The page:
This is the full version of a piece featured in Metro Midlands Life section on Tuesday 20th January 2009. I enjoyed writing the piece very much and thought you might like to see the full family affair.
Although Robin Grierson has been taking photos for over 20 years, his work, both exhibited and published commissions, concern themselves with the briefest moments in time. Like his heroes Robert Frank and August Sander, Grierson has concentrated on catching his subjects quickly, with no posing or pretence.
‘Documentary photographer is a bit of an overused term but I take a very instant sort of photo,’ agrees Grierson ’I don’t use lighting or spend much time composing or framing the shot. It’s my job to show what’s really there. I suppose newspapers were interested in using me because I found some kind of truth in the people I was photographing – some element of a famous personality that you don’t usually see.’
This Light House exhibition has been almost as long in development as his career. Family Pictures turns the lens on his nearest and dearest, but the pictures on display were never intended for public view. As Grierson explains, he was merely taking the photos that any normal doting father might take.
‘When Daisy was born there was this compulsion to take as many photos as I could of her and my family. I’d take hundreds every day. I never thought I’d be a father, and when it happened my whole world was turned upside down. She became the most important thing in my life.’
From thousands of negatives and hundreds of contact sheets Grierson printed 80 for the exhibition. In general, Grierson finds it difficult to emotionally detach himself from his work – he admits he’d find it difficult to be a war photographer, for example – and he’s turned down commissions where he hasn’t been able to identify with the subject. The process of stepping away from these photographs was even more difficult than usual.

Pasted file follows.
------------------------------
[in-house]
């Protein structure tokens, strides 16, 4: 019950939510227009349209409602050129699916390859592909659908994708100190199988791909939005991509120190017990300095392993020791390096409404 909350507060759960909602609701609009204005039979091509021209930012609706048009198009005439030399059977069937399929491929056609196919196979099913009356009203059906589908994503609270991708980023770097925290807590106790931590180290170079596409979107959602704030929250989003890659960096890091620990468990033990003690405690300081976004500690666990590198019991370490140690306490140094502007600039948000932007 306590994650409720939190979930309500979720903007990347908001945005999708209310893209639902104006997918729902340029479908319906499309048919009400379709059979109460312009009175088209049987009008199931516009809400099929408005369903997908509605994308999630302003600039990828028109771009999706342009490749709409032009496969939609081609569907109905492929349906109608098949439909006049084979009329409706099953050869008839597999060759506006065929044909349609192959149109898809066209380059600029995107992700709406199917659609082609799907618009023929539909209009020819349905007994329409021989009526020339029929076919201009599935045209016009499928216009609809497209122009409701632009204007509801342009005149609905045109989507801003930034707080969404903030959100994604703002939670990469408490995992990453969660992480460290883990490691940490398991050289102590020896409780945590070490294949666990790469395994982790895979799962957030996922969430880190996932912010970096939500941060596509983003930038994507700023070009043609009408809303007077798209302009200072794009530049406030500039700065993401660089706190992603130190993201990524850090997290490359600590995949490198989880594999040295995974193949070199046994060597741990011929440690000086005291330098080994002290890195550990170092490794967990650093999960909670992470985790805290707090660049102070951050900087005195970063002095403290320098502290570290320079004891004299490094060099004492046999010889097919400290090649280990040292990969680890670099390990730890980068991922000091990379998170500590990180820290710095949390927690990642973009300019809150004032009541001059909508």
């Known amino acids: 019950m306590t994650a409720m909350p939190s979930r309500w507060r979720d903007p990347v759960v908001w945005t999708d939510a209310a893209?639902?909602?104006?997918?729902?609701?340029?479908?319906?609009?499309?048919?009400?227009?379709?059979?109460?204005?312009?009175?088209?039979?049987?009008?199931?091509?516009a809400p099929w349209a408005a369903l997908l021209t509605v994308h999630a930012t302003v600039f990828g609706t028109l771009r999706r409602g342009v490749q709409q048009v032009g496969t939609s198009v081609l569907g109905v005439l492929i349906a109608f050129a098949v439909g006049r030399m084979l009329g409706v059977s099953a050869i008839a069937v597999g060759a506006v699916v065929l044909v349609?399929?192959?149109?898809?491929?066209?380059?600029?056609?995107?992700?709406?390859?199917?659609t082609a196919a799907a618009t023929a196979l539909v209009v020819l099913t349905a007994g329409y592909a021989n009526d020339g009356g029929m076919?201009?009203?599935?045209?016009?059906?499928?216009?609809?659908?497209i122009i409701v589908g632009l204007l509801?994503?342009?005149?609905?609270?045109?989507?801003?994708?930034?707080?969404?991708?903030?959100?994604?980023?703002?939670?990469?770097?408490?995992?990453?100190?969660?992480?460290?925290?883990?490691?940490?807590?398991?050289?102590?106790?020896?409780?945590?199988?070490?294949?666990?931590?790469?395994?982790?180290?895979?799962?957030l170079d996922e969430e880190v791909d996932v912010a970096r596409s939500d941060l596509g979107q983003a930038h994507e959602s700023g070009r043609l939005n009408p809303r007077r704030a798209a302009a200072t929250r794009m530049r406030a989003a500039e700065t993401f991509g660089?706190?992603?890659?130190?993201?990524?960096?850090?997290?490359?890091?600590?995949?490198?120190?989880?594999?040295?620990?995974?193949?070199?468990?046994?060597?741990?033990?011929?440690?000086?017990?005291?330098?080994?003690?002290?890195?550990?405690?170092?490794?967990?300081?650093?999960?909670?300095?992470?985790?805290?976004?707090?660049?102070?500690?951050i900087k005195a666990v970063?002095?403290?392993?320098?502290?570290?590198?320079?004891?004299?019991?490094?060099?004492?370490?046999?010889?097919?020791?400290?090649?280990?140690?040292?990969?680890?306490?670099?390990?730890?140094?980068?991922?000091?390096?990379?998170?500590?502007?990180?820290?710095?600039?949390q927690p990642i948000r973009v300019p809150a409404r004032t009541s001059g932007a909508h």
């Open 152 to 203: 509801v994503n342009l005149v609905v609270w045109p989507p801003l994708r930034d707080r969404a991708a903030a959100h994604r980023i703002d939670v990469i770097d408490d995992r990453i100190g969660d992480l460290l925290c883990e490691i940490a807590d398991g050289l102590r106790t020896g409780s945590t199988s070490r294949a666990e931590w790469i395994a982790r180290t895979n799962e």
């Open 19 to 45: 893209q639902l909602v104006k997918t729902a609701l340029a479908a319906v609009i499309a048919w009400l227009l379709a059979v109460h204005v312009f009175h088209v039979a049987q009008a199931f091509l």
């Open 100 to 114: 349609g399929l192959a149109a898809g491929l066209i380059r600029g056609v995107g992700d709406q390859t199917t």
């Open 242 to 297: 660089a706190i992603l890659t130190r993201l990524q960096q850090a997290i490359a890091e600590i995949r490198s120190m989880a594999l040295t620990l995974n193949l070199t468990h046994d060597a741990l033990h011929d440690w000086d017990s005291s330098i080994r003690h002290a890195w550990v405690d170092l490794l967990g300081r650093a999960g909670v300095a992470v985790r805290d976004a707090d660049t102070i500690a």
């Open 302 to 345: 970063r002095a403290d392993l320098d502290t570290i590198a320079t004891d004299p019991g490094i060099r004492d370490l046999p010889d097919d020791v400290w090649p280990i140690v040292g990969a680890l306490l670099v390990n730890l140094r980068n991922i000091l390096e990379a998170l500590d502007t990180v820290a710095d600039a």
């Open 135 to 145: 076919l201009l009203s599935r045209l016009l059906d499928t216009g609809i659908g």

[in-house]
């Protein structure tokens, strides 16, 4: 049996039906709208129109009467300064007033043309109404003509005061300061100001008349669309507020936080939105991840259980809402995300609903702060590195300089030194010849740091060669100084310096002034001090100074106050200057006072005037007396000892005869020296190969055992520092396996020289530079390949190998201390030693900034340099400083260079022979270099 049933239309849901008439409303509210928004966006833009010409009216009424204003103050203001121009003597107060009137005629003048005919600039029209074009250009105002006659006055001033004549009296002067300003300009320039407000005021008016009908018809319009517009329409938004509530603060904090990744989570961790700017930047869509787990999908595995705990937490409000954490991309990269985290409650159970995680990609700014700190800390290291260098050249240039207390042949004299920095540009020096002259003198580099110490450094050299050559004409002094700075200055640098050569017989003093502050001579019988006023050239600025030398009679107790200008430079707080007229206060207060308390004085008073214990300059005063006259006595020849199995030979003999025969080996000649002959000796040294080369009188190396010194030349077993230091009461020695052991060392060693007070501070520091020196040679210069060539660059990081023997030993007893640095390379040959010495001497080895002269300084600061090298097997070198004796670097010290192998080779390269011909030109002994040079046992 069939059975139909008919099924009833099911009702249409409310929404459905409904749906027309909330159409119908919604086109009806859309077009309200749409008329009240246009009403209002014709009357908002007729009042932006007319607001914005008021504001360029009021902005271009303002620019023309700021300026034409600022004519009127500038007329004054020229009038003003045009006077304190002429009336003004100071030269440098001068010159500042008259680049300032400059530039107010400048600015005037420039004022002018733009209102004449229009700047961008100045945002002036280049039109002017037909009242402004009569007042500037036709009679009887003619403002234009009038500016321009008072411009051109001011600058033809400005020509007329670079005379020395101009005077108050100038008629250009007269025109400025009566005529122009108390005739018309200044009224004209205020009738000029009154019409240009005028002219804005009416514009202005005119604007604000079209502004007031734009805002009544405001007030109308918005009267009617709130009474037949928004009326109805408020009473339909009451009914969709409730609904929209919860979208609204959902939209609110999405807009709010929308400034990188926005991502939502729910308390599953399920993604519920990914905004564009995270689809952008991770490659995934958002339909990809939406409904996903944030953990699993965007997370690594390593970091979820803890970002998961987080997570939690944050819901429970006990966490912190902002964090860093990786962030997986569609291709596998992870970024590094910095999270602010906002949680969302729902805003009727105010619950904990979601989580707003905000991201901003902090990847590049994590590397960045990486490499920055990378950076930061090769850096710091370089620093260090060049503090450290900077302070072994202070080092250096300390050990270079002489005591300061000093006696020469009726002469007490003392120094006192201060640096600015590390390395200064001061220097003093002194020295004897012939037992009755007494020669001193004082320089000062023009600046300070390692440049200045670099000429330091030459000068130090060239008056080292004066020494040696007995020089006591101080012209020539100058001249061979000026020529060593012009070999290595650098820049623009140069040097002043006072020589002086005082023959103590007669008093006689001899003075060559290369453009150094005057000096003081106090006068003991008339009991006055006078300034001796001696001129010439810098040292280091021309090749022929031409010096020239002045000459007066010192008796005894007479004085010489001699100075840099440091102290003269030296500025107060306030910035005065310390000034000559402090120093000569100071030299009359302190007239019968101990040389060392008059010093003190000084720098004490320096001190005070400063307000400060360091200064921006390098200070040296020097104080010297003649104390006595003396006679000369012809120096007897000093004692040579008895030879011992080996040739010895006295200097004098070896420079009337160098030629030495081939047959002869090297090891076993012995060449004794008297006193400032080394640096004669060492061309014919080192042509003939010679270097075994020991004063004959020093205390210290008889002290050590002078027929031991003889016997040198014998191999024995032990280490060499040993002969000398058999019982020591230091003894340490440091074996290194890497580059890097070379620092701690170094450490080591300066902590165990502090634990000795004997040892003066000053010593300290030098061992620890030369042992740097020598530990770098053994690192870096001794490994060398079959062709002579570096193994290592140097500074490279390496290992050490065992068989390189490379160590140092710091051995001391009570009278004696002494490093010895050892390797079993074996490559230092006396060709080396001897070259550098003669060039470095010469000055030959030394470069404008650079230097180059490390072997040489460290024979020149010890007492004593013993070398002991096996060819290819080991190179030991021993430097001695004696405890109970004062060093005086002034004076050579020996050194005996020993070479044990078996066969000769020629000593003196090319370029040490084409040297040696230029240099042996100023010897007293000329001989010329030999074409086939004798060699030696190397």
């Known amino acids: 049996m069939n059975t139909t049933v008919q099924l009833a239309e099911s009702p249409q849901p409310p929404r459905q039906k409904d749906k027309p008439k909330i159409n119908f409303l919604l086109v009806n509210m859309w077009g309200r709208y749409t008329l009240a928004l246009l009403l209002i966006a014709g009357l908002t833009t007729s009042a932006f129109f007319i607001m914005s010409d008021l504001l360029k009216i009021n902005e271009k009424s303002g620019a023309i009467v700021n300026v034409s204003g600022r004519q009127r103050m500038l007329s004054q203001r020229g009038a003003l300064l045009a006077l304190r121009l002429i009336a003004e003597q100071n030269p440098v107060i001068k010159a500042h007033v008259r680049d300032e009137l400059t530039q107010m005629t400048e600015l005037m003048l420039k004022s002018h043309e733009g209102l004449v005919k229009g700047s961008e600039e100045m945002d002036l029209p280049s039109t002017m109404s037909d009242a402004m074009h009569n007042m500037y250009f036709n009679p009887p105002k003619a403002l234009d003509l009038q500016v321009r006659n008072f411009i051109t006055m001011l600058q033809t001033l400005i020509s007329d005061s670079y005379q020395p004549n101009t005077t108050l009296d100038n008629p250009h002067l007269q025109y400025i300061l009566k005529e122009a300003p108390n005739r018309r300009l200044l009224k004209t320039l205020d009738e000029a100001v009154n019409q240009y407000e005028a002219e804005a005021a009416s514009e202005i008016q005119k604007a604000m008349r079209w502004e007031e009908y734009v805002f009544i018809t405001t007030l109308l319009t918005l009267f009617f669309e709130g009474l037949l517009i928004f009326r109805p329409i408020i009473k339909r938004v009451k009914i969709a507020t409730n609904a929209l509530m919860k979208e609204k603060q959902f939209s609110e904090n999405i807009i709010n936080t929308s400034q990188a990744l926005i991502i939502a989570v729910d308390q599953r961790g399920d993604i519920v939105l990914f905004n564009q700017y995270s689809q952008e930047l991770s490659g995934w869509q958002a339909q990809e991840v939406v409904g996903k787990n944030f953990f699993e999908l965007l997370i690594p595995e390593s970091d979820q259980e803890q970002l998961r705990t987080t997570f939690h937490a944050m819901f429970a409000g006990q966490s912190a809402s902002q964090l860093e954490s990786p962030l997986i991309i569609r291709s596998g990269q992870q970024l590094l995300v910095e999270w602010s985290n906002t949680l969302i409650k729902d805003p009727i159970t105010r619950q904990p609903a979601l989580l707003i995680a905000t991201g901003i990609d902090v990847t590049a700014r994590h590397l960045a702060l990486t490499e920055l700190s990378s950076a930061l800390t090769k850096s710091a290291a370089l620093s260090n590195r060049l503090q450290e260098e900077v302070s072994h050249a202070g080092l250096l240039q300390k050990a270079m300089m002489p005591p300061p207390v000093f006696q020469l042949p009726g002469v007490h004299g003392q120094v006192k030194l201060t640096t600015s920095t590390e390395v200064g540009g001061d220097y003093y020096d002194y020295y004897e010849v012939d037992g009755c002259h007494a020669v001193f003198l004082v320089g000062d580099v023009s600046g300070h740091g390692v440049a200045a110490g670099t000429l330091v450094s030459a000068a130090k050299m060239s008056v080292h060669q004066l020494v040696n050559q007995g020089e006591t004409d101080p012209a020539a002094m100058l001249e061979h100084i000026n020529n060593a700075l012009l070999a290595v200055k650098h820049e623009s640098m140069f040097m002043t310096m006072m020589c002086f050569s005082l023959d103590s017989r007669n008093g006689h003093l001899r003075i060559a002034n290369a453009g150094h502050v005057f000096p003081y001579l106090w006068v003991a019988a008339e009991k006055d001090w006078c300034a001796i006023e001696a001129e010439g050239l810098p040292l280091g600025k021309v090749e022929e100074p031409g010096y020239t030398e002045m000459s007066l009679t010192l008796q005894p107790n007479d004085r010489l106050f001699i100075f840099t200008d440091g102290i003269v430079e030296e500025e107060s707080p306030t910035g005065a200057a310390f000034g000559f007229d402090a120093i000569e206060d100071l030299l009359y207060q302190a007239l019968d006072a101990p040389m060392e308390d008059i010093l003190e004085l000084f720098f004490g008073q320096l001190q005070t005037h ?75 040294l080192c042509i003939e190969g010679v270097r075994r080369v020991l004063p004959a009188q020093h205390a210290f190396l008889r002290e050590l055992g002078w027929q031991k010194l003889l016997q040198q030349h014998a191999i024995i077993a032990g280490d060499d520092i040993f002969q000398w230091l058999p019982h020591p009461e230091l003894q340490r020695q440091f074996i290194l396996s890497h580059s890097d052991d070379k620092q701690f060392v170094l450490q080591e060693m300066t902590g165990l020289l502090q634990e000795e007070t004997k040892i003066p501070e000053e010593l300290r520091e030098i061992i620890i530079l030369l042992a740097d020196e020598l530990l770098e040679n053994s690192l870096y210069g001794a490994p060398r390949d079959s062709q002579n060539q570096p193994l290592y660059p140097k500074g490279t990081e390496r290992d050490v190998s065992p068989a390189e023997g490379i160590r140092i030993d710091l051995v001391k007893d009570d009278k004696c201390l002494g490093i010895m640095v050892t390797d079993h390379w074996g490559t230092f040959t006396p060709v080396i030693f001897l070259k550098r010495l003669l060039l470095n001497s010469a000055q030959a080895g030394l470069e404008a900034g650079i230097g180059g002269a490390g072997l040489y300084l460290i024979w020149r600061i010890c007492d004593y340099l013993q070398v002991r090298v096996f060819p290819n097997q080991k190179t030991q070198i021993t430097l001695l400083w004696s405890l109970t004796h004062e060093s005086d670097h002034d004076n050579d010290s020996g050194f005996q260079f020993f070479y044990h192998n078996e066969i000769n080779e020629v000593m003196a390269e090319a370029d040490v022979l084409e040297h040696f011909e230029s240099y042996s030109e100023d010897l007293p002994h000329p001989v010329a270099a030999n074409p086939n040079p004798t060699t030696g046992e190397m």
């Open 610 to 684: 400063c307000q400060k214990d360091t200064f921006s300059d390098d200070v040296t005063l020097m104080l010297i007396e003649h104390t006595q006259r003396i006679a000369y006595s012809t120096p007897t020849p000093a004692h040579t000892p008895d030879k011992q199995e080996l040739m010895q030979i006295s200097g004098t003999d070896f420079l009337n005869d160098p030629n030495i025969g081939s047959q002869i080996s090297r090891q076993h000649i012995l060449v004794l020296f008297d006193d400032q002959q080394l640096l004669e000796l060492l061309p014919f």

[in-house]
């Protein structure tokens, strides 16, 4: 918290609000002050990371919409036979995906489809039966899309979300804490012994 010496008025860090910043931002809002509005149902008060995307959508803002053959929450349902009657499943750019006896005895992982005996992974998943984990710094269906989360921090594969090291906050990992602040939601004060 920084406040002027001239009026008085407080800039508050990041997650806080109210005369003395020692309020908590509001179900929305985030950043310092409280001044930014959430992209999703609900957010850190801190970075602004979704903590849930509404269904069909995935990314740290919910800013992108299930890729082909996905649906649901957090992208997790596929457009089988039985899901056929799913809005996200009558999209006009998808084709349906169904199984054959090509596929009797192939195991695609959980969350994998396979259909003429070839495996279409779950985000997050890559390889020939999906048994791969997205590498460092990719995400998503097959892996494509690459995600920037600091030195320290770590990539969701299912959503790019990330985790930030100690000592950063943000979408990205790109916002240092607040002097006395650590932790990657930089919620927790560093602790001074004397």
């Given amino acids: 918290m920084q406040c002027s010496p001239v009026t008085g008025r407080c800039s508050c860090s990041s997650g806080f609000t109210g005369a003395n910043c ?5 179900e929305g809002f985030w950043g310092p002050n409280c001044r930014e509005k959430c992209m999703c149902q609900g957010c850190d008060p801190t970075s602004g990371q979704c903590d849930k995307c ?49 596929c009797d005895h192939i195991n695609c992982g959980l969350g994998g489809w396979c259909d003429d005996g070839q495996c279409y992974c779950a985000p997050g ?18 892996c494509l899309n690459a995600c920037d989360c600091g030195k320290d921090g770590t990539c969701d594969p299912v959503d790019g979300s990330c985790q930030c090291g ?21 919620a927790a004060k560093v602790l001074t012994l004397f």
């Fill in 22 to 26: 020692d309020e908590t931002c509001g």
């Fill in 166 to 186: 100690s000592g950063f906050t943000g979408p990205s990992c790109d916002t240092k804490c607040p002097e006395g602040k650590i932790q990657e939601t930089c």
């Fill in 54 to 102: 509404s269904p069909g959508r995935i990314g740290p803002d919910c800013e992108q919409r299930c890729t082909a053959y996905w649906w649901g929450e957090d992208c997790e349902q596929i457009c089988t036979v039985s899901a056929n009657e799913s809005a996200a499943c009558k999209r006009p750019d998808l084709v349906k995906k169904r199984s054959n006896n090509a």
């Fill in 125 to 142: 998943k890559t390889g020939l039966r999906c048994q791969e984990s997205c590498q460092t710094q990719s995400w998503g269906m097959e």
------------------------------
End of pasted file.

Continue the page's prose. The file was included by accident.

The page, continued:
‘I did have some reservations about displaying them because they are very private. I worried how it might affect my family giving them that exposure,’ he concedes. ‘In the selection process I had to think about what they might mean to others. That’s why they’re still looked at; nothing is set and meanings are always evolving. I’m eager to get these pictures in a book because then I feel you can make even more links and see subtle themes emerging.’
The prevailing theme is age. The pictures document a family over time, often returning to the same holiday places but slowly growing old together. In the pictures of the children you begin to see them adopt similar characteristics to their mother. Grierson no longer takes so many photos of his family, although one character trait has certainly been passed down from father to daughter.
‘My one daughter has picked up photography and she’s taking photos of us now, so she’s more understanding about what I’m trying to do. On the whole they don’t seem to mind that I put these photos on display or in a book. They just let dad get on with it.’
24 Jan to 13 Mar 2009, Light House, The Chubb Buildings, Fryer Street, Wolverhampton, Mon to Fri 9am to 8.30pm, Fri and Sat 1hr before film screening until 8.30pm. Tel: 01902 716055. Online details